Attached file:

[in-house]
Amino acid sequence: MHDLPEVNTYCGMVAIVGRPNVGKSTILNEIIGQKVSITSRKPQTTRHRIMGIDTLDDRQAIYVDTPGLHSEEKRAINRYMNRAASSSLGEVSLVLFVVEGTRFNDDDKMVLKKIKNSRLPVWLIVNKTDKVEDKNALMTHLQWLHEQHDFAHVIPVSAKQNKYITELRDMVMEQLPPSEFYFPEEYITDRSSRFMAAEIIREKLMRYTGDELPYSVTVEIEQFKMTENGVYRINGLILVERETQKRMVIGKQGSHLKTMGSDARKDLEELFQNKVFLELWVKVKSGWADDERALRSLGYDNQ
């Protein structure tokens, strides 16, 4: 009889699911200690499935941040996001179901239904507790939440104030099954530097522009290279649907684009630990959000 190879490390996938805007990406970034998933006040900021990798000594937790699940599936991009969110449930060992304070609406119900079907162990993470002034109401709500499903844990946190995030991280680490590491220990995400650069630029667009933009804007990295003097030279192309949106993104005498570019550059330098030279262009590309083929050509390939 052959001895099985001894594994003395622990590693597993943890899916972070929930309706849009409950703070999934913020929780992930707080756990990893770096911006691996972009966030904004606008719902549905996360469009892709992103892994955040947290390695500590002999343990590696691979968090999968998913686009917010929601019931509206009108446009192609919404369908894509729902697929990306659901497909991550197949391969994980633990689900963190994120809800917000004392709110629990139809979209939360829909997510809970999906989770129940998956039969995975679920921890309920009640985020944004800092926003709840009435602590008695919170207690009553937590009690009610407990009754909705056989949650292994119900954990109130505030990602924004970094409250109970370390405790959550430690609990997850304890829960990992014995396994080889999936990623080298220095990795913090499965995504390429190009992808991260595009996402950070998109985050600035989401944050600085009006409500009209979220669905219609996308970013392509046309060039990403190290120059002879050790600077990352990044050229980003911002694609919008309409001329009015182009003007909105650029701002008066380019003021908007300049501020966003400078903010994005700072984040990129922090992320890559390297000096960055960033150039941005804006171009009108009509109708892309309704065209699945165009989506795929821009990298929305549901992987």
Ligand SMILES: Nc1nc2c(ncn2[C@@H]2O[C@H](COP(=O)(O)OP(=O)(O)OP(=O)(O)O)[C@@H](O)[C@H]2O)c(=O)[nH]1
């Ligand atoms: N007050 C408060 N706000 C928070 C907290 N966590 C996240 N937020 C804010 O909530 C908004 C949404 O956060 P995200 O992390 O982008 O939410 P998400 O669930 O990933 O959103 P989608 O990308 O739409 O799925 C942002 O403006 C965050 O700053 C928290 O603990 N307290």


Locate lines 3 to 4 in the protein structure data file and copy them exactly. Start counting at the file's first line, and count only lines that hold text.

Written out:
């Protein structure tokens, strides 16, 4: 009889699911200690499935941040996001179901239904507790939440104030099954530097522009290279649907684009630990959000 190879490390996938805007990406970034998933006040900021990798000594937790699940599936991009969110449930060992304070609406119900079907162990993470002034109401709500499903844990946190995030991280680490590491220990995400650069630029667009933009804007990295003097030279192309949106993104005498570019550059330098030279262009590309083929050509390939 052959001895099985001894594994003395622990590693597993943890899916972070929930309706849009409950703070999934913020929780992930707080756990990893770096911006691996972009966030904004606008719902549905996360469009892709992103892994955040947290390695500590002999343990590696691979968090999968998913686009917010929601019931509206009108446009192609919404369908894509729902697929990306659901497909991550197949391969994980633990689900963190994120809800917000004392709110629990139809979209939360829909997510809970999906989770129940998956039969995975679920921890309920009640985020944004800092926003709840009435602590008695919170207690009553937590009690009610407990009754909705056989949650292994119900954990109130505030990602924004970094409250109970370390405790959550430690609990997850304890829960990992014995396994080889999936990623080298220095990795913090499965995504390429190009992808991260595009996402950070998109985050600035989401944050600085009006409500009209979220669905219609996308970013392509046309060039990403190290120059002879050790600077990352990044050229980003911002694609919008309409001329009015182009003007909105650029701002008066380019003021908007300049501020966003400078903010994005700072984040990129922090992320890559390297000096960055960033150039941005804006171009009108009509109708892309309704065209699945165009989506795929821009990298929305549901992987």
Ligand SMILES: Nc1nc2c(ncn2[C@@H]2O[C@H](COP(=O)(O)OP(=O)(O)OP(=O)(O)O)[C@@H](O)[C@H]2O)c(=O)[nH]1